I’ve already forgotten Obvious Child, though I found it charming and unusual when I watched it.
The Grand Budapest Hotel was visually delightful but lacked the heart I found inMoonrise Kingdom and the earlier Anderson work I’ve loved.
I even saw many of the comic book reboots: the only thing good was the few minutes of Quicksilver’s Clockwork Orange-like slowed-down ballet in X Men: Days of Future Past.
No, for my money, the only movie to make it on my list so far is Birdman. Because here’s what I think: I think movies ought to a) do something beautiful and inventive with cinematic language, b) say something interesting and complicated about human nature or the world we live in, and c) have an idea, a vision, for how to structure a story. I’d be glad, often, if movies met just one of these criteria, but to my mind, a good film does all three. Birdman does all three.
Top 5 Films of 2014 Accompanied by First Thought Upon Exiting Theater:
“Wait did I just watch Captain America tell me he ate a baby?”
2. Birdman, or the Unexpected Virtue of Ignorance
“That new nose made him look like a flying Micheal Chiklis.”
3. The Grand Budapest Hotel
“Pretty sure this film was shot on location inside a birthday cake.”
“God is never having to be a teenager again.”
5. Under the Skin
“Wait did I just watch Black Widow ditch a baby in the sea?”
The Four Movies I’ve Seen in 2014 Since My Baby Was Born
I saw this movie at 2:00 PM in an almost-empty theater while my sister watched my two-month old, who I was too afraid to leave with anybody after dark. I texted during a film for the first time in my life during this movie, and I was deeply ashamed to be doing so, despite the fact that almost everybody else in the theater was also texting. Why to people do this? They didn’t all have tiny babies. The text said “Is Roscoe OK?” and the response was “Yes!” I needed more information, so I typed “Is he sleeping? Is he awake? Did he eat?” My sister texted back “He’s fine, really,” so I tried to focus on the movie. This movie is about Angelina Jolie’s cheekbones and motherly love trumping princely love and includes some truly terrifying fairy CGI. I fully approved of it then and wonder if I would still like it if I were to watch it with a full seven hours of sleep and fewer raging post-pregnancy hormones.
Guardians of the Galaxy
I saw this film at The Alamo theater (seriously, if you live near one, go there and experience movies as they should be experienced), where I drank far too much wine and therefore really loved Guardians of the Galaxy—though I cannot seem to remember any major plot points. I remember Chris Pratt had worked out a lot and that I kind of missed chubby Chris Pratt and was sad that he had to work out so much in order to be in mainstream movies. The baby was three months old when I saw this movie and I manged not to text, which The Alamo strongly discourages with sternly-worded advertisements pre-film. We picked him up from the hotel where our family was staying (they agreed to watch him for a night) and he slept all through the night until 8 AM the next morning, soGuardians of the Galaxy is probably my favorite film of the year.
I saw this film as a late anniversary date. It features Tom Hardy, who has great lips and is totally Brando in On the Waterfront-esque here, and the late James Gandolfini, who is, as usual, quietly brilliant as a man secretly burning with anger over his lost status. I enjoyed the quiet atmospherics of this film and the performances. I did send a text during this movie. I asked “Is the baby asleep?” and he was. I drank copiously during this movie, too, and came home babbling about Tom Hardy’s lips, which probably made my husband very uncomfortable, but seriously, those lips, damn.
Last, I saw Gone Girl as a mutual birthday present (my husband and I have birthdays in the same week). I read the novel shortly after it came out and loved it for its clever, acid, and absolutely spot-on take on marriage, gender, and power. I also love David Fincher, whose cold, careful films appeal to me aesthetically. I thought this movie was absolutely brilliant and I was riveted from the first moments. I almost want to do a mini-review here, but suffice it to say, I think the film captures almost everything important about the book but adds on top of that nuanced performances by Ben Affleck—who kind of plays a nice-guy-secret-asshole version of himself—and Rosamund Pike, who is brilliant and terrifying as Amy. Trent Reznor and Atticus Ross provide their best soundtrack to date. I did not text during this because I was at The Alamo and was afraid of being kicked out, but I did eat an incredible pizza and talked the whole way home about the film with my husband. When we got home, the baby was angelically asleep. He slept through the night until 6 AM. This puts Gone Girl at number two on my list, but only because I had to get up too damned early the next day. It gets my secret best movie of the four movies I’ve seen this year post-baby vote.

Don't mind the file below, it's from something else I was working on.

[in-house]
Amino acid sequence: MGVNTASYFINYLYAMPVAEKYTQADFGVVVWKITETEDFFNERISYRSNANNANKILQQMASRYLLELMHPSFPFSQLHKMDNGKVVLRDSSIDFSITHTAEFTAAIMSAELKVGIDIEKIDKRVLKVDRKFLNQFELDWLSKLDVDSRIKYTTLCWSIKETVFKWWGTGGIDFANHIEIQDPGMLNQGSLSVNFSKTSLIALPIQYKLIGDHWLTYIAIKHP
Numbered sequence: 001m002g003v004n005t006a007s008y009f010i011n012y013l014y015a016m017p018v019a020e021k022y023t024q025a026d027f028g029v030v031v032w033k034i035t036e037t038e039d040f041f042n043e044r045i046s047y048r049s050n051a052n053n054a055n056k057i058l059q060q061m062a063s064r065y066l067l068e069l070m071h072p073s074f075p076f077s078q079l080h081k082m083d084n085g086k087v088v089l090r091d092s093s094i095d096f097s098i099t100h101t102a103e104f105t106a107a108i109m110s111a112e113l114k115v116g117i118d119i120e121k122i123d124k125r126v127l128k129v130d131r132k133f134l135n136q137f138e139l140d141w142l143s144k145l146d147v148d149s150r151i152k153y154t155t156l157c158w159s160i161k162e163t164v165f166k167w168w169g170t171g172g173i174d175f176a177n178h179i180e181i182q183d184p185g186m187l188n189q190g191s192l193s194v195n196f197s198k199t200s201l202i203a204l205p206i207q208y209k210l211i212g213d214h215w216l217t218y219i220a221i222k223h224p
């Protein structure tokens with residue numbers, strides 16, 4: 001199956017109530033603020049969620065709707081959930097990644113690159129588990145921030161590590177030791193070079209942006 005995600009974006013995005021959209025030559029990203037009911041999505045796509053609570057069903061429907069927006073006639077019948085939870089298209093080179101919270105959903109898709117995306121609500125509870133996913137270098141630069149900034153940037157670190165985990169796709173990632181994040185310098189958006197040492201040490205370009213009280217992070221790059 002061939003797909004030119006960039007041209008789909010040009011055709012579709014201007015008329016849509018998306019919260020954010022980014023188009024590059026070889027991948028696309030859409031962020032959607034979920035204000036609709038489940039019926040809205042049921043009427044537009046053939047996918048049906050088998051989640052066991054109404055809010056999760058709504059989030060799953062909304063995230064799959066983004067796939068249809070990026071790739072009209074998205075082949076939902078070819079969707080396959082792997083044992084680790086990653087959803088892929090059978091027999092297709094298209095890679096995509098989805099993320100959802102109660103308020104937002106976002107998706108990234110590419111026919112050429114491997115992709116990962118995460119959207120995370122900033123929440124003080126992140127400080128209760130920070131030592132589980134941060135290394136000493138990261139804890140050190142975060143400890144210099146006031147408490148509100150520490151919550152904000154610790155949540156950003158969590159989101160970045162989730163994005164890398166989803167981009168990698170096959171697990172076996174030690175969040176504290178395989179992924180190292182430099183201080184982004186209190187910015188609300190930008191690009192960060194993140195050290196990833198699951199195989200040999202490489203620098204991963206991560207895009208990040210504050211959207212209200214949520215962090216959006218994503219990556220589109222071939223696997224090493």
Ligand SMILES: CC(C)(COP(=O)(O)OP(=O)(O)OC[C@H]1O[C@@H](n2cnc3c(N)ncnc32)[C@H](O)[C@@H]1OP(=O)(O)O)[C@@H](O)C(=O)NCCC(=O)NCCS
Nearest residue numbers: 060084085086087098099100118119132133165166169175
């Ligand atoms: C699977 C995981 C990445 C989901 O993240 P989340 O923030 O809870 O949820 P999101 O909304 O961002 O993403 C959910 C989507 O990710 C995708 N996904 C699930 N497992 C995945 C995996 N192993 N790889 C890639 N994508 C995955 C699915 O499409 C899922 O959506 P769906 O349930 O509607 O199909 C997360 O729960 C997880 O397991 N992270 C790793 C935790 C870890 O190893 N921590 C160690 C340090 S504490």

The Raid 2
I saw this film when I was eight months pregnant and kept covering my stomach to shield the fetus from the extreme violence onscreen. But I was riveted, because well-done violence is kind of my wheelhouse. I have never seen so many broken bones and so much blood onscreen before, and I watch a lot of violent movies. But if you like incredibly well-orchestrated marital arts and don’t mind some extremely realistic carnage, I would recommend it. Just don’t watch it at eight months pregnant, because you might feel really guilty and have nightmares.
While this year might have been a disappointing year for big, Apatow-esque, blockbuster comedies, it was a real winner for smaller, independent ones. These three films in particular were immensely funny and also addressed larger issues than interpersonal dramas:
1. Obvious Child
2. Force Majeure
3. Dear White People
1. Only Lovers Left Alive
This year my cinema-going game has been as weak as my Netflix game has been strong, andOnly Lovers Left Alive is actually the only one of my top five that I managed to see in a theater. But that is not why it’s No. 1—it fully got there on merit. I had been waiting for this movie since January of 2013, ever since they released that picture of Tilda Swinton and Tom Hiddleston draped around each other wearing sunglasses in a club and I’d thought, “Yes.” I loved it. I loved how droll it was, how dreamy, and (ironic, given that they’re vampires) how humanist. My most aspirational couple is now a devoted pair of undead hipster sensualists with yak hair, and I’m okay with that. If nothing else, John Hurt playing Kit Marlowe, who is a vampire and wrote the complete works of Shakespeare, is worth everything.